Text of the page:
In June 2015, Monmouth emerged from an 18-month refit in Devonport for sea trials[11] and made her first ever visit to Hamburg in December.[12]

In February 2016, Monmouth and her sister HMS Iron Duke participated in NATO exercise Dynamic Guard in Norwegian waters.[13] In August, Monmouth, in company with HMS Tyne and RFA Argus, anchored off Bournemouth for the town's annual air festival.[14] By September, she was exercising in Canadian waters and was involved in the rescue of an injured Canadian fisherman 100 miles east of Nova Scotia.[15]

In March 2017, Monmouth sailed from Devonport to relieve HMS Daring in the Gulf;[16] in May she was participating in Combined Task Force 150 when they stopped and searched a fishing boat in the Indian Ocean discovering 455 kg of cannabis and 266 kg of heroin.[17][18]

In June 2017, Monmouth's Wildcat rescued a crewman from the sunken merchant tanker Rama 2 and transferred them to RFA Cardigan Bay for treatment.[19] She returned to the UK in time for Christmas 2017.[20]

Monmouth was deployed on 23 August 2018 from Plymouth as escort for HMS Queen Elizabeth, as she sailed to the eastern seaboard of the United States for 'Westlant 18', during which the carrier conducted F-35 Lightning II flying trials. The task group consisted of RFA Tiderace and possibly a Royal Navy submarine[21][22] HMS Monmouth's Wildcat HMA2 helicopter, nicknamed "Blackjack" of 213 Flight, 815 NAS, became the first Wildcat to land aboard HMS Queen Elizabeth on 3 September 2018.[23]

The ship prepared to go into refit in early 2019, and her ship's company became the Starboard crew of sister ship HMS Montrose which is forward-deployed to Bahrain until 2022.

On 22 March 2021, it was announced that Monmouth as well as sister ship Montrose would be decommissioned earlier than planned as part of defence’s Integrated Review. [24] As a result of this decision, Monmouth will not undergo her LIFEX refit as other members of her class have, and will likely be scrapped. [25]

Related images

Affiliations

References

  1. ^ "HMS Monmouth deploys to Gulf region". Ministry of Defence. 31 March 2011. Retrieved 28 July 2016.
  2. ^ "Type 23 Frigate". Royal Navy. Archived from the original on 1 January 2012. Retrieved 9 October 2017.
  3. ^ "HMS Monmouth (F235)". Royal Navy. Retrieved 23 August 2018.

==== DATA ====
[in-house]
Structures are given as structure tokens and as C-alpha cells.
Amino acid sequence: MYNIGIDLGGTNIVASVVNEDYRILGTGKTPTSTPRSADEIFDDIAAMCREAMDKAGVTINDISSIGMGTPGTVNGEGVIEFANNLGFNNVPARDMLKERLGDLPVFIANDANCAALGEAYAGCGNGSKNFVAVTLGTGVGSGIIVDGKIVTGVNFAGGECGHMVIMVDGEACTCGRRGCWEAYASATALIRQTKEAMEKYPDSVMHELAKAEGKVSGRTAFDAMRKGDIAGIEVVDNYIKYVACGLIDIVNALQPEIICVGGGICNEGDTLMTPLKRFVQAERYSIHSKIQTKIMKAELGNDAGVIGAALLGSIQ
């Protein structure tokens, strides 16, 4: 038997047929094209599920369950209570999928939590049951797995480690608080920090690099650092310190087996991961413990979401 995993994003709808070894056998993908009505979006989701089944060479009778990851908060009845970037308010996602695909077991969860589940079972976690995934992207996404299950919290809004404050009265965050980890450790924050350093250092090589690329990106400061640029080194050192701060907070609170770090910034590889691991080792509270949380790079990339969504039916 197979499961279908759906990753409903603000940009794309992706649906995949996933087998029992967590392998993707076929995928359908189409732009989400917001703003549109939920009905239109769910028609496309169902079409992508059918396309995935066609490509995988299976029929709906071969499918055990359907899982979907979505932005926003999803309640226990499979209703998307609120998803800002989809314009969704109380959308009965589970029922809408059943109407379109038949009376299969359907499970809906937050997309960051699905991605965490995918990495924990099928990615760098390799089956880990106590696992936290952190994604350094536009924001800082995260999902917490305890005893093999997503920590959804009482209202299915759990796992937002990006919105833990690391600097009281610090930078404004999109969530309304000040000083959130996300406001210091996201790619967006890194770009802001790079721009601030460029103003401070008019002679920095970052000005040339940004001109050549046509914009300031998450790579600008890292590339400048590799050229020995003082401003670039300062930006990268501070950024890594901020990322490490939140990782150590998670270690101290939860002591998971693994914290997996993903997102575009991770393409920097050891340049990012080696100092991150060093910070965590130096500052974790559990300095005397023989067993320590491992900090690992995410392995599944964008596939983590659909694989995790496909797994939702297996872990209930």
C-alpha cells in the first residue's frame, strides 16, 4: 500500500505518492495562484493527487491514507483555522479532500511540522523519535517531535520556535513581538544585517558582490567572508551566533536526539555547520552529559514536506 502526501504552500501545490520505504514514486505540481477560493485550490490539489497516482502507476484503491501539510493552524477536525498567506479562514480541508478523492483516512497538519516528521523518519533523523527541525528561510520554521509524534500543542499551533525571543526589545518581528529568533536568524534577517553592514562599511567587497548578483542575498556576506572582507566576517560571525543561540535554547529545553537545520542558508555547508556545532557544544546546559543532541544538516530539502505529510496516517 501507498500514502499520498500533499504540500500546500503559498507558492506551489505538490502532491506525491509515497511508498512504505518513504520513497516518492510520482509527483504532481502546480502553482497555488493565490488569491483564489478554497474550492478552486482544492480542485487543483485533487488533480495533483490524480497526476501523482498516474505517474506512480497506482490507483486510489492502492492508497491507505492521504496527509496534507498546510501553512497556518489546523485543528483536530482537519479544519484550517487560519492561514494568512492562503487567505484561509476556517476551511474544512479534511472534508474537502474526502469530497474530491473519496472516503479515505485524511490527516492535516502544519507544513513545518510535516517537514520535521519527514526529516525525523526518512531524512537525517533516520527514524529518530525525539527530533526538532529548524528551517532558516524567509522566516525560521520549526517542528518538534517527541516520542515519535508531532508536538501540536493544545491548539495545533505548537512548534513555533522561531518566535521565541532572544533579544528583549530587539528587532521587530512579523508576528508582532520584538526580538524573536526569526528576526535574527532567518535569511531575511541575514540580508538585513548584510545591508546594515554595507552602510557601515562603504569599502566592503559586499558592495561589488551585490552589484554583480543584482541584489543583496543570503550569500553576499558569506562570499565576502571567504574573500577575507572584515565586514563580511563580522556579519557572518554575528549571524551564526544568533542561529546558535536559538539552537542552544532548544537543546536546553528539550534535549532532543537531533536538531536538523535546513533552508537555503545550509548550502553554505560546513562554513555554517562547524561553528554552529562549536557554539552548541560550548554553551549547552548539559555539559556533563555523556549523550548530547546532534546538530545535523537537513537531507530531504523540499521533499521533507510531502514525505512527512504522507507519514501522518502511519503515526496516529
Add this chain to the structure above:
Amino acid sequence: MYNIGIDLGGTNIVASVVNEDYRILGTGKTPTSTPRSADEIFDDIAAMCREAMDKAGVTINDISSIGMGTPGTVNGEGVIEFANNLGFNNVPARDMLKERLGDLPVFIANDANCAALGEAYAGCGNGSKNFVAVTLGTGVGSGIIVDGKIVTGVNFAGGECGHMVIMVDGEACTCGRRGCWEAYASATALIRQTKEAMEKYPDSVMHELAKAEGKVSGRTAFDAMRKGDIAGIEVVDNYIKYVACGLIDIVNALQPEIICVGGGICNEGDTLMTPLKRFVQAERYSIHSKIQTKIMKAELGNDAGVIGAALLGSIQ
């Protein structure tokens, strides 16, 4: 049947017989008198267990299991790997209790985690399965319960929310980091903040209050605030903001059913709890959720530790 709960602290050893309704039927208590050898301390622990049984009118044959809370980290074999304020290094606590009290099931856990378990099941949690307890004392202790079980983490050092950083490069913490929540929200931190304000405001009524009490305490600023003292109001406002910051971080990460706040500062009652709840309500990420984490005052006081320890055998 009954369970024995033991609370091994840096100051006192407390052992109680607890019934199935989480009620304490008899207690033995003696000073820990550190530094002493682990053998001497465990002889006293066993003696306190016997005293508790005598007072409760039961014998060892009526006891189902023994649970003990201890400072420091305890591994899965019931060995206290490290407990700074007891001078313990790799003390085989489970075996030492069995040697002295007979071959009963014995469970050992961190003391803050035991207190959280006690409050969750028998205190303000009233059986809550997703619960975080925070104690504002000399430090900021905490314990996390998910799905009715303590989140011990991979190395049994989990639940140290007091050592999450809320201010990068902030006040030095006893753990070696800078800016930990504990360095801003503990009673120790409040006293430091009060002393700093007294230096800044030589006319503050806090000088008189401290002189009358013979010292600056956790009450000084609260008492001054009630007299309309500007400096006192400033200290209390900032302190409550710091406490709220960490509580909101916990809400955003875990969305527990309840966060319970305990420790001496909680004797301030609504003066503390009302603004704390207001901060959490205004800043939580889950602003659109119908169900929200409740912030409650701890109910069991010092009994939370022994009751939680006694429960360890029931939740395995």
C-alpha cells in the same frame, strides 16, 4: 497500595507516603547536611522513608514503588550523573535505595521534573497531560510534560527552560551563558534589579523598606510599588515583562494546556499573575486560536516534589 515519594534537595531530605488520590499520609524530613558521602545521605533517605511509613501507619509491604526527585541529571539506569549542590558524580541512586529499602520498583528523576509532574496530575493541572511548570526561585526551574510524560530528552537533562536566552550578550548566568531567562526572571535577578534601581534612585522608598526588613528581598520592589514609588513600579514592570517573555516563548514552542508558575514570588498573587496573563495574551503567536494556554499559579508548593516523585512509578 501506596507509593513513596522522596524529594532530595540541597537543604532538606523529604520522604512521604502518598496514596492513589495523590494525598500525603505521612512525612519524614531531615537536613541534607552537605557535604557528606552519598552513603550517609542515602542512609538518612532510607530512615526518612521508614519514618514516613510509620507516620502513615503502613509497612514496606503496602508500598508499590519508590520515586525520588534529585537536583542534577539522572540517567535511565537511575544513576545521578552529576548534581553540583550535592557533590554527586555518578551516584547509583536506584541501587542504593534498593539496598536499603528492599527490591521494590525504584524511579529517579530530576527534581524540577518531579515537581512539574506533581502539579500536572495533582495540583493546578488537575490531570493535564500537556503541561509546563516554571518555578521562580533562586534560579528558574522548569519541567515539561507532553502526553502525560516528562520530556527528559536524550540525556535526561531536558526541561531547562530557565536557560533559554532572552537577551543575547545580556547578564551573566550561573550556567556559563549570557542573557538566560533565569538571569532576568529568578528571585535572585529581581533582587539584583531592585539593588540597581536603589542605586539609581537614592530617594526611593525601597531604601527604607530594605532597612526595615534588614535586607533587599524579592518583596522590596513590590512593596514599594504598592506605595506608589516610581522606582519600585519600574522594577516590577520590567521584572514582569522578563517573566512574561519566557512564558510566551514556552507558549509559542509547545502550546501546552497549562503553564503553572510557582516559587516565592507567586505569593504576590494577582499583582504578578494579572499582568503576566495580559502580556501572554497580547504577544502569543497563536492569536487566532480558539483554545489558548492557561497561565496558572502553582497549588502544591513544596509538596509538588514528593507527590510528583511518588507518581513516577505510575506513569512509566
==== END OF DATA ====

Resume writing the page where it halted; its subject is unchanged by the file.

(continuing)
4. ^ "'Black Duke battered but unbowed'" (PDF). Navy News: 8-9. July 1995.
  5. ^ "RFA Orangeleaf". Historical RFA. Retrieved 9 October 2017.
  6. ^ "Full speed ahead for Monmouth in paradise". Navy News. Retrieved 28 July 2016.[permanent dead link]
  7. ^ "Monmouth's affiliates get a rare chance to see her exposed bottom". Navy News. 27 February 2012. Archived from the original on 3 March 2012. Retrieved 28 July 2016.
  8. ^ "HMS Monmouth home to heroes' welcome from patrol". Royal Navy. 20 May 2013. Retrieved 28 July 2016.
  9. ^ "International flavour to HMS Monmouth's Autumn training". Royal Navy. 8 October 2013. Retrieved 28 July 2016.
  10. ^ "Scotland set to host Exercise Joint Warrior". Royal Navy. 2 October 2013. Archived from the original on 4 October 2013.
  11. ^ "HMS Monmouth sails again". Royal Navy. 15 June 2015. Retrieved 9 October 2017.
  12. ^ "HMS Monmouth visits Hamburg". Royal Navy. 7 December 2015. Retrieved 9 October 2017.
  13. ^ "Submarine hunting is black and white for Monmouth in Norwegian fjords". Royal Navy. 23 February 2016. Retrieved 28 July 2016.
  14. ^ "Royal Navy helps make Bournemouth Air Festival a flying success". Royal Navy. 23 August 2016. Retrieved 9 October 2017.
  15. ^ "HMS Monmouth breaks off Canadian exercise to save fisherman's life". Royal Navy. 19 September 2016. Retrieved 9 October 2017.
  16. ^ "HMS Monmouth sails for Gulf". Royal Navy. 7 March 2017. Retrieved 19 May 2020.
  17. ^ "HMS Monmouth seizes £65M of heroin and cannabis in major drugs bust". Royal Navy. 31 May 2017. Retrieved 19 May 2020.
  18. ^ "60-hour hunt reaps £65 million reward" (PDF). Navy News. July 2017. p. 5. Retrieved 19 May 2020.
  19. ^ "Royal Navy air crew rescues last survivor of sunken tanker". Royal Navy. 29 June 2017. Retrieved 30 June 2017.
  20. ^ "Monmouth Gulf-bound filled with "a keen fighting spirit"". Navy News. 7 March 2017. Archived from the original on 7 March 2017. Retrieved 9 October 2017.
  21. ^ "HMS Queen Elizabeth sails for the United States - here's the plan". Save the Royal Navy. 18 August 2018. Retrieved 18 August 2018.
  22. ^ "HMS Queen Elizabeth sets off for F-35B fighter jet trials". Royal Navy. Retrieved 26 March 2019.
  23. ^ @NavyLookout (3 September 2018). "'Blackjack' from 213 Flight, 815 Naval Air Squadron - was the first Wildcat HMA2 Helicopter to land on @HMSQnlz" (Tweet). Retrieved 26 March 2019 – via Twitter.
  24. ^ https://ukdefencejournal.org.uk/two-frigates-to-be-scrapped-early/
  25. ^ https://www.navylookout.com/when-will-the-royal-navy-have-24-frigates-and-destroyers/

External links

This page was last edited on 3 May 2021, at 15:40
Basis of this page is in Wikipedia. Text is available under the CC BY-SA 3.0 Unported License. Non-text media are available under their specified licenses. Wikipedia® is a registered trademark of the Wikimedia Foundation, Inc. WIKI 2 is an independent company and has no affiliation with Wikimedia Foundation.